A Seat at the Table

A friend once asked a group at a preacher’s meeting, “What is the hardest material in the New Testament for you to work through?” Most, of course, said “Revelation.” I said “Romans” largely because I was preaching through Romans at the time. He said that for him, it was the gospels because it is so hard to keep them in their two contexts. Actually, the gospels have several contexts.

  • First, there was the life of and times Jesus as the story unfolds.

  • Second, there is the life and times of the church 30 years or so later when the gospels were being written.

  • Third, there is the life and times of the person who reads and applies the gospels.
We often what to skip the first two contexts and make an application to ourselves. We can miss the power of Jesus’ message if we fail to read it through the eyes of both the first hearers (Jesus’ audience) and the first readers ( the early church).

Take our reading for today from Matthew 8. After the Sermon on the Mount is completed, Jesus hits the ground running as His ministry ramps up into full gear. He goes all over the place healing the sick and showing the power of God. He cures lepers, casts our demons and dramatically shows His power over all manner of illness. And tucked in the middle of all this activity is the dramatic healing story of the servant of a Roman centurion (Matthew 8:5-13). The centurion asks for Jesus’ help and expresses faith that all Jesus must do is say the word and his servant will be healed. Jesus is astonished and says—
When Jesus heard this, he was astonished and said to those following him, “I tell you the truth, I have not found anyone in Israel with such great faith. I say to you that many will come from the east and the west, and will take their places at the feast with Abraham, Isaac and Jacob in the kingdom of heaven. But the subjects of the kingdom will be thrown outside, into the darkness, where there will be weeping and gnashing of teeth.” (Matthew 8:10-12)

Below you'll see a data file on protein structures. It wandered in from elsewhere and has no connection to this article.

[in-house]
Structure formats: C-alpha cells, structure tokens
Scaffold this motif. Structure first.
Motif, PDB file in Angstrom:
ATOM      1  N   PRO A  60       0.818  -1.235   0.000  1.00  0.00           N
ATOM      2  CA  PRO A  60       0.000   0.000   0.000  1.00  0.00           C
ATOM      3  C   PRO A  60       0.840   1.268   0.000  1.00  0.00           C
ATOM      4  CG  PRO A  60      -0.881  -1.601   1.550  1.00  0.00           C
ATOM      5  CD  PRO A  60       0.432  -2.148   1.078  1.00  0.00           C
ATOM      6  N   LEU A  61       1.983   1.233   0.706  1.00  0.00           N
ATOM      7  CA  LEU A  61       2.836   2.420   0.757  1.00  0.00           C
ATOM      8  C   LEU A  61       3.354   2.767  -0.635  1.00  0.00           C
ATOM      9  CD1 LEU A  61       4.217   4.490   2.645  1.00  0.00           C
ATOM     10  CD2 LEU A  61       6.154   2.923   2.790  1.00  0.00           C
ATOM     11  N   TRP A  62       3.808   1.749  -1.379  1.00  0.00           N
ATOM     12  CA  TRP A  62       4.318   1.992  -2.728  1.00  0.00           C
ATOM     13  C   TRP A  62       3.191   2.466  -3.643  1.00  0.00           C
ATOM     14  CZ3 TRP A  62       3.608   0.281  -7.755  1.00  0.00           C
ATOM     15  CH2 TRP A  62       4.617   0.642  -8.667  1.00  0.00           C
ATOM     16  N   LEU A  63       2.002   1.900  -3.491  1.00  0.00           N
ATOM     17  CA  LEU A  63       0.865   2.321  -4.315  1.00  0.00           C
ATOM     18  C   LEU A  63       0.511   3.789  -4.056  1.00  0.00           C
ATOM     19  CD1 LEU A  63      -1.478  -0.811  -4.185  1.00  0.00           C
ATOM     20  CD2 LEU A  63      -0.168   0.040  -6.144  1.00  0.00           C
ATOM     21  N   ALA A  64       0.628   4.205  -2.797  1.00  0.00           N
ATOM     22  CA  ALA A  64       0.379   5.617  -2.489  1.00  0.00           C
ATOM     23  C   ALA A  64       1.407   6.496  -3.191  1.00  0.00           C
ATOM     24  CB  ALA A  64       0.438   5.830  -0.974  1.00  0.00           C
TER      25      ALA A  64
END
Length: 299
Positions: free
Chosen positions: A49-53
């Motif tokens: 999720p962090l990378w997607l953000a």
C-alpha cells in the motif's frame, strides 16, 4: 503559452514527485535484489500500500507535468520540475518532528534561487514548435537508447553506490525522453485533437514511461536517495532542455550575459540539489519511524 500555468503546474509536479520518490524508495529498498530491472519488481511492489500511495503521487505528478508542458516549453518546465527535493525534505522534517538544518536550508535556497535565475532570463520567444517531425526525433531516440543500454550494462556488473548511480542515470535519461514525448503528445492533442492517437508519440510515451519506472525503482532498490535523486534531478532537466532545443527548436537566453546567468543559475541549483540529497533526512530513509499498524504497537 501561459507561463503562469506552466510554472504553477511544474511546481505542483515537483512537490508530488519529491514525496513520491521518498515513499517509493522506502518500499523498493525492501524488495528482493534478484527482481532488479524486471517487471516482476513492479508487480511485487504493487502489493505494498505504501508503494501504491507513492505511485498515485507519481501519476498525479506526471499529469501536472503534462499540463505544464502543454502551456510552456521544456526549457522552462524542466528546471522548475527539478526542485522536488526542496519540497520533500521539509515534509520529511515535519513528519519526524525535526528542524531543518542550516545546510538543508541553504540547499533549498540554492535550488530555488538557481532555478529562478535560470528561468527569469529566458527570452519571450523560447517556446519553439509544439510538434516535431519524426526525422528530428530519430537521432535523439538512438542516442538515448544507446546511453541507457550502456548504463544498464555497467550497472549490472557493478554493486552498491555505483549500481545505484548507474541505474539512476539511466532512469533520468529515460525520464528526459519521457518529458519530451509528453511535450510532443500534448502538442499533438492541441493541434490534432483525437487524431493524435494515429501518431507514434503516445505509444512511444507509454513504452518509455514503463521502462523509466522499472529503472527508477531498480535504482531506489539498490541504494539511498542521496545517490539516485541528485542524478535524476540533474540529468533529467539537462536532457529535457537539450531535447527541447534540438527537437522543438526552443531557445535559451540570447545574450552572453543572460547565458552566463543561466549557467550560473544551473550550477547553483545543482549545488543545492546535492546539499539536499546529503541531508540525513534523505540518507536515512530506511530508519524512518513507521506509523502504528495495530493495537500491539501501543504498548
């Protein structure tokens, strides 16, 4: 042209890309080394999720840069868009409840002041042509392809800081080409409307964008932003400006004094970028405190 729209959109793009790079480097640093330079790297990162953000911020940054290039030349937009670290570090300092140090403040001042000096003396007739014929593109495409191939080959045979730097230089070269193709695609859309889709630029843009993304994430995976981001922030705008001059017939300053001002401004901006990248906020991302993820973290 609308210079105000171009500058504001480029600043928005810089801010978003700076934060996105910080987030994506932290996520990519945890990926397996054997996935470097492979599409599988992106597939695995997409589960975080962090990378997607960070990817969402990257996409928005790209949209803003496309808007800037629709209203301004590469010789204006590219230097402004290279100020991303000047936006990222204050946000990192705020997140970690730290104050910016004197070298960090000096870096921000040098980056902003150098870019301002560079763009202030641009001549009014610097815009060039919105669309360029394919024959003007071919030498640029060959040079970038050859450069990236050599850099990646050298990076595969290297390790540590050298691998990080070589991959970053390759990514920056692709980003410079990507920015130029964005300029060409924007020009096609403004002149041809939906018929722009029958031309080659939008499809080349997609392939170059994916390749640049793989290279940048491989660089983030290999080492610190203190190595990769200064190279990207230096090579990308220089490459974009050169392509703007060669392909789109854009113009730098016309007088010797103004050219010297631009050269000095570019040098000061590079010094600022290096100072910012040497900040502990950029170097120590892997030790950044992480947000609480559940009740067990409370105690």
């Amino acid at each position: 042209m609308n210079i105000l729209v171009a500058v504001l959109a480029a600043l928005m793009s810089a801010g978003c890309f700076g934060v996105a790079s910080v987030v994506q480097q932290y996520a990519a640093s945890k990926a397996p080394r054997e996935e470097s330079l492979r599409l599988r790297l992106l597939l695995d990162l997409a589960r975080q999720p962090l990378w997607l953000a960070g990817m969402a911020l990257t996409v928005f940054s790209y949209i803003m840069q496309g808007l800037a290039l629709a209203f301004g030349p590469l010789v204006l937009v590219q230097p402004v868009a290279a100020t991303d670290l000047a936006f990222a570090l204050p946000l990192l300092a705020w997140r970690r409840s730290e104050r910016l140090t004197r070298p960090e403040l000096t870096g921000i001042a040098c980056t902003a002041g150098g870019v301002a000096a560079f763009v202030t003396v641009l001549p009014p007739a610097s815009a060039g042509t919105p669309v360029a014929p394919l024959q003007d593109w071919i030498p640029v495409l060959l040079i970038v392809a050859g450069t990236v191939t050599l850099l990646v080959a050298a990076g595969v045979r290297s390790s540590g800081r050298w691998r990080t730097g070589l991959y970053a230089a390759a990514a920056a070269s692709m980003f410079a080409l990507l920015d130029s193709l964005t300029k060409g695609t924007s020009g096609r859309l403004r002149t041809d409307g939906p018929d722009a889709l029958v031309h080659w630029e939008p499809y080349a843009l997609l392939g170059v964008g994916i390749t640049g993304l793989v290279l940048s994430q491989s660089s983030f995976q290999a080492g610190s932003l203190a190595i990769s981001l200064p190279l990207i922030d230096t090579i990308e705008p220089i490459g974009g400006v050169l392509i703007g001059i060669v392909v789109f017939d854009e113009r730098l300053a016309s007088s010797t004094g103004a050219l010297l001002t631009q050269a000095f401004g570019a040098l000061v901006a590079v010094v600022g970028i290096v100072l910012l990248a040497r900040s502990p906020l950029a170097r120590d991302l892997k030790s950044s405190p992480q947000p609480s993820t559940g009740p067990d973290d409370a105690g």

This story may have not had much impact on people in Jesus' day. It didn't seem to take place in the middle of a mob, and the centurion refused Jesus offer to go to his house—so it is likely that few even knew about the incident as it happened. But what was the impact on the first century readers of Matthew? These were Jewish Christians in churches struggling to know what to do with Gentile believers. Here Jesus himself not only accepted a Gentile’s faith; Jesus suggests that he hadn’t come across such great faith among the Jews. He then suggests that this will be something of a pattern for the gospel—people will come from distant places to become part of the kingdom of heaven while those who thought they had a free pass would not. What a powerful message that God accepts all people who believe on his Son. What a powerful message this must have been for the Jewish church wondering whether to accept the Gentile believers among them… assuming they heard it.

And what a powerful message for us. Jesus accepts all people who believe in Him, even those who appear to be “separate and apart” from other “acceptable” believers. Christians tend to spend far too much time deciding on who is in and who is out of the kingdom of God. Churches once even voted on whether or not to accept people seeking membership among them. Members of my faith tribe have in the past been way too comfortable deciding that they are the only true citizens of the kingdom of God. Just like the Jews of Jesus’ day thought they were the only feasters at the table. Jesus wants us to know that only God makes that guest list and that all kinds of people from all kinds of places are getting their invitation. And the ones who THINK they are the most secure in their position are the very ones who will be left out! This Roman centurion put his faith in Jesus, and that’s that gets you a seat at the table.